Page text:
Until recently, the federal government was hesitant to adopt open-source software due to a perceived ambiguity around its legal status as a commercial good. In 2009, however, the Department of Defense made it clear that open-source software products are on equal footing with their proprietary counterparts.
We agree, and the first section of our source code policy is unequivocal: We use open-source software, and we do so because it helps us fulfill our mission.
Open-source software works because it enables people from around the world to share their contributions with each other. The CFPB has benefited tremendously from other people’s efforts, so it’s only right that we give back to the community by sharing our work with others.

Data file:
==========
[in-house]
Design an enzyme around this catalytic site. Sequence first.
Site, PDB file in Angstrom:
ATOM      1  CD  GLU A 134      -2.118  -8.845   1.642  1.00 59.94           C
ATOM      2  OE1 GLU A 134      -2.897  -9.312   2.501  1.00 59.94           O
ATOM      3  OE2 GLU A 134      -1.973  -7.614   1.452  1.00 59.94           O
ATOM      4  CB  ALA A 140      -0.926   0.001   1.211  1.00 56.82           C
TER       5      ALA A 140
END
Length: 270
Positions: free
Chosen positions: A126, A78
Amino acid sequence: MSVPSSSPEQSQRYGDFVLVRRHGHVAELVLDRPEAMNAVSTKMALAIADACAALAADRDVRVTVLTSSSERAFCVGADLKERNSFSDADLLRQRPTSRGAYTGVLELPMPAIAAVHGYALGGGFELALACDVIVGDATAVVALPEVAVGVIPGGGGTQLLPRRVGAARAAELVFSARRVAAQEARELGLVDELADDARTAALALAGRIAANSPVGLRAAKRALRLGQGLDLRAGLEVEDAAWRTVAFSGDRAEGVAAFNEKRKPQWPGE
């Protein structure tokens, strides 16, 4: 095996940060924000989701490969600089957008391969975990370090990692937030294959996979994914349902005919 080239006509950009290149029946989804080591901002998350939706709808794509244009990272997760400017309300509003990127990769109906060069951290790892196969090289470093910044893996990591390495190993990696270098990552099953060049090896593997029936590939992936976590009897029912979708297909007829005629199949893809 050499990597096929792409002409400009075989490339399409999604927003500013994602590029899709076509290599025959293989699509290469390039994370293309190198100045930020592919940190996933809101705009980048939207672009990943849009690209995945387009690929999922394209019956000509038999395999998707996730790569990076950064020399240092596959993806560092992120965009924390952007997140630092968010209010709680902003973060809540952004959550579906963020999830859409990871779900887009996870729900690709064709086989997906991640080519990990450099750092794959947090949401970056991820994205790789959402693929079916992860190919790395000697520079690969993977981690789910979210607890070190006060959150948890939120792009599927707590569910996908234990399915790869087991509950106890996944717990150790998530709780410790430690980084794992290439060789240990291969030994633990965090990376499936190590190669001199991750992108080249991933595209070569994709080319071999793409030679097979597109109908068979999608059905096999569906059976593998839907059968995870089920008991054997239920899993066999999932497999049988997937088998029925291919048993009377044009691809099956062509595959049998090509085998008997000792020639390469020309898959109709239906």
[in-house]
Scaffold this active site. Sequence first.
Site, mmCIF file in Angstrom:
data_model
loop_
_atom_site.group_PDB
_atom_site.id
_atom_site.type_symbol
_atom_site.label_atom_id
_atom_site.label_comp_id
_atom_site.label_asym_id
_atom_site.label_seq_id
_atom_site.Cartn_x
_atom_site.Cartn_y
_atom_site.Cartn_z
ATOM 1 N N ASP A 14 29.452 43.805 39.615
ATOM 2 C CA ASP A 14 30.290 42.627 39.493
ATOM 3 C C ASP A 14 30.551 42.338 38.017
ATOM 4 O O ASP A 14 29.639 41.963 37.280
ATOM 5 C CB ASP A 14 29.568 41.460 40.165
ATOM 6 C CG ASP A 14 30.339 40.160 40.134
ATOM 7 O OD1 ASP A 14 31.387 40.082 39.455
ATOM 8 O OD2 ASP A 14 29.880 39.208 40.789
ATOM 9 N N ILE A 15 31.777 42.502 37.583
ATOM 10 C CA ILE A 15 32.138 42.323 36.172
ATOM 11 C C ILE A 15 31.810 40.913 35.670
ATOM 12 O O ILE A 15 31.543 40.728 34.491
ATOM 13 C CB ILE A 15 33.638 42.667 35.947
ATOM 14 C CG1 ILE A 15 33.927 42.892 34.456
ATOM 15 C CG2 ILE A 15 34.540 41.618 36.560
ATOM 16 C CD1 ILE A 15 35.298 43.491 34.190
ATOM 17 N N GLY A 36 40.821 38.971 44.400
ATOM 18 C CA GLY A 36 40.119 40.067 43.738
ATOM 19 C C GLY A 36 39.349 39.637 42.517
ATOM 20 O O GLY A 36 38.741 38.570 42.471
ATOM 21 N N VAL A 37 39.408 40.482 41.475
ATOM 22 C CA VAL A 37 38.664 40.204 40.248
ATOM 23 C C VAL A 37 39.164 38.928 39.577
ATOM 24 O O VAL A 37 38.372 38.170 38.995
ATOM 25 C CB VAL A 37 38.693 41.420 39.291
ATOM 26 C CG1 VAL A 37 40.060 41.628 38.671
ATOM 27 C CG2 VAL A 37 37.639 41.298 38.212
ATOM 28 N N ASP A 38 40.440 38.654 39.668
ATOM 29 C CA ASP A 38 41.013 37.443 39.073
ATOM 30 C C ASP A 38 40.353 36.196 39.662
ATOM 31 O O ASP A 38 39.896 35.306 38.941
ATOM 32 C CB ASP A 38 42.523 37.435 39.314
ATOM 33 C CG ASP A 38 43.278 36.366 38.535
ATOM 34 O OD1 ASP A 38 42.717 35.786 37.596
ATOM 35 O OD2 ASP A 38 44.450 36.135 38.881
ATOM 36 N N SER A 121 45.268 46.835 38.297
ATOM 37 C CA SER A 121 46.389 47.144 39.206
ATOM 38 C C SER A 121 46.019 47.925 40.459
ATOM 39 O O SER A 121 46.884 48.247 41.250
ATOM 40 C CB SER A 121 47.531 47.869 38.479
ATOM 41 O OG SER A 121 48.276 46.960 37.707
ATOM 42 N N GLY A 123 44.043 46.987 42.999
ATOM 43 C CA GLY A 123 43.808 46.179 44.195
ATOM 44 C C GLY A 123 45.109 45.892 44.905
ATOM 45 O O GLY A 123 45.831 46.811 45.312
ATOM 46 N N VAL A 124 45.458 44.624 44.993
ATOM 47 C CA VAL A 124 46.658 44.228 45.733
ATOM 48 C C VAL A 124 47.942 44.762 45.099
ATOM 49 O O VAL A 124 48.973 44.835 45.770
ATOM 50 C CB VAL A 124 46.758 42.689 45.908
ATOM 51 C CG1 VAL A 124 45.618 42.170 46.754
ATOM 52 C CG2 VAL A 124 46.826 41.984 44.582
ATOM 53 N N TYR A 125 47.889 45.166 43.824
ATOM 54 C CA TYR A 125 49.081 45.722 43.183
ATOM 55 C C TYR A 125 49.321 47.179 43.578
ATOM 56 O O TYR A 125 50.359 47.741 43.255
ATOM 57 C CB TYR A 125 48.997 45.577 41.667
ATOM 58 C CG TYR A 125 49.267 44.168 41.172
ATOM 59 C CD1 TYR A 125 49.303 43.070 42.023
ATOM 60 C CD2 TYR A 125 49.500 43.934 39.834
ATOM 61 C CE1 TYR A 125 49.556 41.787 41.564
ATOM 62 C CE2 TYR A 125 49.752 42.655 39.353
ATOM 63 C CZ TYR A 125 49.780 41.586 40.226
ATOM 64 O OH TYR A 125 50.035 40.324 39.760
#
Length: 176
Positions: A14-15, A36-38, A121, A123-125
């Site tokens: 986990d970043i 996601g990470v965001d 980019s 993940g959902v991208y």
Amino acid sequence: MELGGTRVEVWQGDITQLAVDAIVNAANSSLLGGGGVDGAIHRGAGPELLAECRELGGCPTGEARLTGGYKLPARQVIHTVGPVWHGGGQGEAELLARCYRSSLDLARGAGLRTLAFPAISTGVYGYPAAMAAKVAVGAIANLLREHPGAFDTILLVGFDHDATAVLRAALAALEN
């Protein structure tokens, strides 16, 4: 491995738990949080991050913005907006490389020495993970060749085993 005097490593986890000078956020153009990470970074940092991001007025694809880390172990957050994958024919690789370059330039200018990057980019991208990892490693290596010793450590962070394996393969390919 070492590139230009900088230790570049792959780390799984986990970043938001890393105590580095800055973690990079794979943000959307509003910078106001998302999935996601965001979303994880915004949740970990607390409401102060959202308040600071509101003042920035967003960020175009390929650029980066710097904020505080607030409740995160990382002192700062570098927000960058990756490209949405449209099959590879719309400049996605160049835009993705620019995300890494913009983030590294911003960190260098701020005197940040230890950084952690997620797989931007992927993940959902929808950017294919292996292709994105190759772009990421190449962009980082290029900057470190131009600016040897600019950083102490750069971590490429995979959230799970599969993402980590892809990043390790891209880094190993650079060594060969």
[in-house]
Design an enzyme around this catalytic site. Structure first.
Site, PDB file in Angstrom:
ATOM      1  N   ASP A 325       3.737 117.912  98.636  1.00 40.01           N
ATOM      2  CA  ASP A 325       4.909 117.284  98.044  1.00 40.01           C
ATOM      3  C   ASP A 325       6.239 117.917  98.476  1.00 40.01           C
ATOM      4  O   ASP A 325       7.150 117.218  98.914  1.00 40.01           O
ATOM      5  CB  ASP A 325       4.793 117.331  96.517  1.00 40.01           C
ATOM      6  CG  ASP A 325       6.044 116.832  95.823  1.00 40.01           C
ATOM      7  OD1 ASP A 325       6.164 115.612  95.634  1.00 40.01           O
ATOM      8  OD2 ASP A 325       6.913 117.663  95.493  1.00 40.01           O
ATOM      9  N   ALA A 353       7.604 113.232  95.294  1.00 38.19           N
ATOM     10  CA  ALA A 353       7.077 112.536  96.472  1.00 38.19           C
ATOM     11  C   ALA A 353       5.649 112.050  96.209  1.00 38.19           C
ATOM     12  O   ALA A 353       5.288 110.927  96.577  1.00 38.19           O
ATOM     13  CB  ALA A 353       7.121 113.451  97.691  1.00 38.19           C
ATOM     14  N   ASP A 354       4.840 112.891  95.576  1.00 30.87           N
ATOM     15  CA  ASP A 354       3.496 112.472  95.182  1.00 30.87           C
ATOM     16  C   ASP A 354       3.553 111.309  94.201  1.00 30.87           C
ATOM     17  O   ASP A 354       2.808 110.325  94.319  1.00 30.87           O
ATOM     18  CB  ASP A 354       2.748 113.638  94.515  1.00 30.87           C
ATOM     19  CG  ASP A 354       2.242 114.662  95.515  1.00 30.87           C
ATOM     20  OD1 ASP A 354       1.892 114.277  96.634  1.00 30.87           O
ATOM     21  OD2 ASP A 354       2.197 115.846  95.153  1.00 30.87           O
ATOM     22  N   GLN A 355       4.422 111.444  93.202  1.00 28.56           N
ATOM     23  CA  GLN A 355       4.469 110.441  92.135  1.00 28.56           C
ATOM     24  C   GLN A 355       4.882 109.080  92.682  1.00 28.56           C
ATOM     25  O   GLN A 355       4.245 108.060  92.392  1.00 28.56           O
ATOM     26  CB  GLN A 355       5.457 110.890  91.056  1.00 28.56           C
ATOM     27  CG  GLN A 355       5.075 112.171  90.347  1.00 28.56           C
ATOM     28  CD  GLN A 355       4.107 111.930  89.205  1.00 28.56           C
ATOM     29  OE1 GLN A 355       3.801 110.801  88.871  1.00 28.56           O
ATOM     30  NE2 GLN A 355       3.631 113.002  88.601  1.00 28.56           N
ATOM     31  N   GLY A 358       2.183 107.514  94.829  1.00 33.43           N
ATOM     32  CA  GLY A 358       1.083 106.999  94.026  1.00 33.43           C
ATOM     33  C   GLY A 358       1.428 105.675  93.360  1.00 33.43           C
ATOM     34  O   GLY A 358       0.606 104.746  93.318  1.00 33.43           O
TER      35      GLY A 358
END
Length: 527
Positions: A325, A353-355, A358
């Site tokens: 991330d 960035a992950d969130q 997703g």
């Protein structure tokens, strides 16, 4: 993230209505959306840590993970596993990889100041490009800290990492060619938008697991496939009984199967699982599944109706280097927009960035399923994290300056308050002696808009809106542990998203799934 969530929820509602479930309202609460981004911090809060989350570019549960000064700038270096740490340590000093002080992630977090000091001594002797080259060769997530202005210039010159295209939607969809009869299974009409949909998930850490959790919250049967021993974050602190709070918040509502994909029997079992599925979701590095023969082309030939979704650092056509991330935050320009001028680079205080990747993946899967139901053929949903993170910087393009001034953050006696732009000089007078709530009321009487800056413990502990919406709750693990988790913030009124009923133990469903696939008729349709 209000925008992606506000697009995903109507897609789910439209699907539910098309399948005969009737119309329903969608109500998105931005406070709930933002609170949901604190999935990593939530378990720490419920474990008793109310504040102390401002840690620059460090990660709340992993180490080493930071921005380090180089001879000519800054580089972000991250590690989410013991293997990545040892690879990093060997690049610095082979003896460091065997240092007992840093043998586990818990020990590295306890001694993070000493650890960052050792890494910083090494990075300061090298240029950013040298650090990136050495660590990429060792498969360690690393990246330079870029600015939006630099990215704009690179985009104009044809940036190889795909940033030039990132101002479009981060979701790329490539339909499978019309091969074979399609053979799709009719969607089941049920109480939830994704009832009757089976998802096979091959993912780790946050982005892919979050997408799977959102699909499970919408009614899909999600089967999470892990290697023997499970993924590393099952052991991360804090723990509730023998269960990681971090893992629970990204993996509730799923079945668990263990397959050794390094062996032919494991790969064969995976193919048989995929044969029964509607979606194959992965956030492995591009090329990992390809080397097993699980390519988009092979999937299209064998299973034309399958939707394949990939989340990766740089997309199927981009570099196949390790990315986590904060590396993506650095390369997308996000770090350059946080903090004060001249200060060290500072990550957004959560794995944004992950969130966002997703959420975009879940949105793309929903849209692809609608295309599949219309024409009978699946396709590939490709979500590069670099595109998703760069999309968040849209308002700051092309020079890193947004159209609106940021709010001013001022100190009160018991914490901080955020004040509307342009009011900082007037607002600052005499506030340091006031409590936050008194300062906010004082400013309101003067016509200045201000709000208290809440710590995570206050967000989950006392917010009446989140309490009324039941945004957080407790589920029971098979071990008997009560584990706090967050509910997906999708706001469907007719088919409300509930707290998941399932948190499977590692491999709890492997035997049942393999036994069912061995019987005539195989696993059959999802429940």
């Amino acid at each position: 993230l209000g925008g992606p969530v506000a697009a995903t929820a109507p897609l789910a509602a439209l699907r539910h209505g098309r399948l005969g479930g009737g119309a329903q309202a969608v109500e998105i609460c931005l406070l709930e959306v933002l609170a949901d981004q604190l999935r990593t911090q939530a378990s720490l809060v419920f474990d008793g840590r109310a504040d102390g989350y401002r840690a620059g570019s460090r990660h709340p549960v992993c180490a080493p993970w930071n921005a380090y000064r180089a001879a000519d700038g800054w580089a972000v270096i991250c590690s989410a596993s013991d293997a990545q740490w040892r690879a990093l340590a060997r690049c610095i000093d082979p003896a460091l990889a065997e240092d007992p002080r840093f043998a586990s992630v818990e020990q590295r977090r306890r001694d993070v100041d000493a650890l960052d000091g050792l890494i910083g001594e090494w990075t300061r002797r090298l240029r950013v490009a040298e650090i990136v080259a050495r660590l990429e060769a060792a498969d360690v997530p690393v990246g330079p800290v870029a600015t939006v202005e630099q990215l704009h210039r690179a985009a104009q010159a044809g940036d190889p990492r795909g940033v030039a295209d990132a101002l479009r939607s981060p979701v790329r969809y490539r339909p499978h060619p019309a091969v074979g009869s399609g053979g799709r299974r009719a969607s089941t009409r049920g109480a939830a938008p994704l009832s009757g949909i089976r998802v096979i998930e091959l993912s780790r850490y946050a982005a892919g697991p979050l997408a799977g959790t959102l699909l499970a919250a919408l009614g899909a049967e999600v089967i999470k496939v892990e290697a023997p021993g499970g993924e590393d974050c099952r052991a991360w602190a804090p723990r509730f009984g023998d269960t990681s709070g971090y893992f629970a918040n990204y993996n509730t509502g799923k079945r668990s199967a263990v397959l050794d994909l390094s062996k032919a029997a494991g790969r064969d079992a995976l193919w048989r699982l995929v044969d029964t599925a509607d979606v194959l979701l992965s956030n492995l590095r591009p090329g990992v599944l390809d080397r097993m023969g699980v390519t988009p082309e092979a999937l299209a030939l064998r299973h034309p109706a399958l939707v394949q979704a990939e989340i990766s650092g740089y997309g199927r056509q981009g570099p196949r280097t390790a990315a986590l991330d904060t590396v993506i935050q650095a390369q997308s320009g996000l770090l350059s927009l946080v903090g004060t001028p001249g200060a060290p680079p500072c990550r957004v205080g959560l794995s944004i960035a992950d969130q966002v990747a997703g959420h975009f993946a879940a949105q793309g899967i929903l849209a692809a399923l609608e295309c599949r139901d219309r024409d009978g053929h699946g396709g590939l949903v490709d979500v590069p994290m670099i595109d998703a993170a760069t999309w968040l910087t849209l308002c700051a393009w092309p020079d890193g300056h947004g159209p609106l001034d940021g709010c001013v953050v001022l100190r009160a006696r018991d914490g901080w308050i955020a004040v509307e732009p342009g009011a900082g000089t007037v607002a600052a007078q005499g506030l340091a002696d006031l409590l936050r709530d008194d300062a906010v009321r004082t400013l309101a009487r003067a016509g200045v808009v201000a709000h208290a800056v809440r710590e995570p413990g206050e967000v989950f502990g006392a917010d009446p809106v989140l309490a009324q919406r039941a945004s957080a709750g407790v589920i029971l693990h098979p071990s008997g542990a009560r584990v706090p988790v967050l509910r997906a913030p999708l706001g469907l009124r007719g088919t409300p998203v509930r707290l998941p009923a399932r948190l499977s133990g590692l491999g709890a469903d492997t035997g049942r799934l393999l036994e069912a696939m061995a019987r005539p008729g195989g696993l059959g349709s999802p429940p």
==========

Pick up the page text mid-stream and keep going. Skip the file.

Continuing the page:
This brings us to the second part of our policy: When we build our own software or contract with a third party to build it for us, we will share the code with the public at no charge. Exceptions will be made when source code exposes sensitive details that would put the Bureau at risk for security breaches; but we believe that, in general, hiding source code does not make the software safer.
How did the so called user account compromise result in root access? Care to explain?
I'm not privy to the details, but I expect disclosure will be forthcoming as soon as they've traced and patched whatever vulnerability was exploited.
The post on kernel.org states that it was possibly due to a compromised user account. They stated that they discovered it through some errors related to Xnest
Kudos to the kernel.org team for their prompt action and immediate disclosure.
Machines certainly can solve problems, store information, correlate, and play games -- but not with pleasure. -- Leo Rosten